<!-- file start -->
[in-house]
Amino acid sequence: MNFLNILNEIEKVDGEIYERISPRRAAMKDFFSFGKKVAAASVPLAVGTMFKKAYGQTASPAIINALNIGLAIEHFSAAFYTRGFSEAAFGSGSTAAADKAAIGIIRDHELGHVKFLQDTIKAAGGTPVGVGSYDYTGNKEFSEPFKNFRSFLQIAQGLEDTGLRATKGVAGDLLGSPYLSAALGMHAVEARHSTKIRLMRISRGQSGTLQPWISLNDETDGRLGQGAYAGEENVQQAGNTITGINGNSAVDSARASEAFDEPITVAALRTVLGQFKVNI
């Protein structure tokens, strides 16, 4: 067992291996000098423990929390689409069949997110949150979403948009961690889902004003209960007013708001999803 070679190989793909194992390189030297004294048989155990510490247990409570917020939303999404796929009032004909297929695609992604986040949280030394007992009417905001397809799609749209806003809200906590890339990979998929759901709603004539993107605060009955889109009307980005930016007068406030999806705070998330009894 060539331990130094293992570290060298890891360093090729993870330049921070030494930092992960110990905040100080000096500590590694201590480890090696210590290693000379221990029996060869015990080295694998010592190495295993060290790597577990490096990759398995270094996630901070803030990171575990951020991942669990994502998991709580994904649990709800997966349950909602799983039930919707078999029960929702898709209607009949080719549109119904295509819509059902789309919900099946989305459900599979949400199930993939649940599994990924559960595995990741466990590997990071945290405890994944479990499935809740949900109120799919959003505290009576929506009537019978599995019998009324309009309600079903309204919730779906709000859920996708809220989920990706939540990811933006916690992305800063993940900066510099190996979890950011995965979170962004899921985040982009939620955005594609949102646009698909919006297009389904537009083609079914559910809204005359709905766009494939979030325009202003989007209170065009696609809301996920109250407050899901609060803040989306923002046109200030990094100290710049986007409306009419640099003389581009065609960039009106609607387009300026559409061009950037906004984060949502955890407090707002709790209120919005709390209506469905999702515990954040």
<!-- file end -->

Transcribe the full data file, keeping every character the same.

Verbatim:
[in-house]
Amino acid sequence: MNFLNILNEIEKVDGEIYERISPRRAAMKDFFSFGKKVAAASVPLAVGTMFKKAYGQTASPAIINALNIGLAIEHFSAAFYTRGFSEAAFGSGSTAAADKAAIGIIRDHELGHVKFLQDTIKAAGGTPVGVGSYDYTGNKEFSEPFKNFRSFLQIAQGLEDTGLRATKGVAGDLLGSPYLSAALGMHAVEARHSTKIRLMRISRGQSGTLQPWISLNDETDGRLGQGAYAGEENVQQAGNTITGINGNSAVDSARASEAFDEPITVAALRTVLGQFKVNI
């Protein structure tokens, strides 16, 4: 067992291996000098423990929390689409069949997110949150979403948009961690889902004003209960007013708001999803 070679190989793909194992390189030297004294048989155990510490247990409570917020939303999404796929009032004909297929695609992604986040949280030394007992009417905001397809799609749209806003809200906590890339990979998929759901709603004539993107605060009955889109009307980005930016007068406030999806705070998330009894 060539331990130094293992570290060298890891360093090729993870330049921070030494930092992960110990905040100080000096500590590694201590480890090696210590290693000379221990029996060869015990080295694998010592190495295993060290790597577990490096990759398995270094996630901070803030990171575990951020991942669990994502998991709580994904649990709800997966349950909602799983039930919707078999029960929702898709209607009949080719549109119904295509819509059902789309919900099946989305459900599979949400199930993939649940599994990924559960595995990741466990590997990071945290405890994944479990499935809740949900109120799919959003505290009576929506009537019978599995019998009324309009309600079903309204919730779906709000859920996708809220989920990706939540990811933006916690992305800063993940900066510099190996979890950011995965979170962004899921985040982009939620955005594609949102646009698909919006297009389904537009083609079914559910809204005359709905766009494939979030325009202003989007209170065009696609809301996920109250407050899901609060803040989306923002046109200030990094100290710049986007409306009419640099003389581009065609960039009106609607387009300026559409061009950037906004984060949502955890407090707002709790209120919005709390209506469905999702515990954040």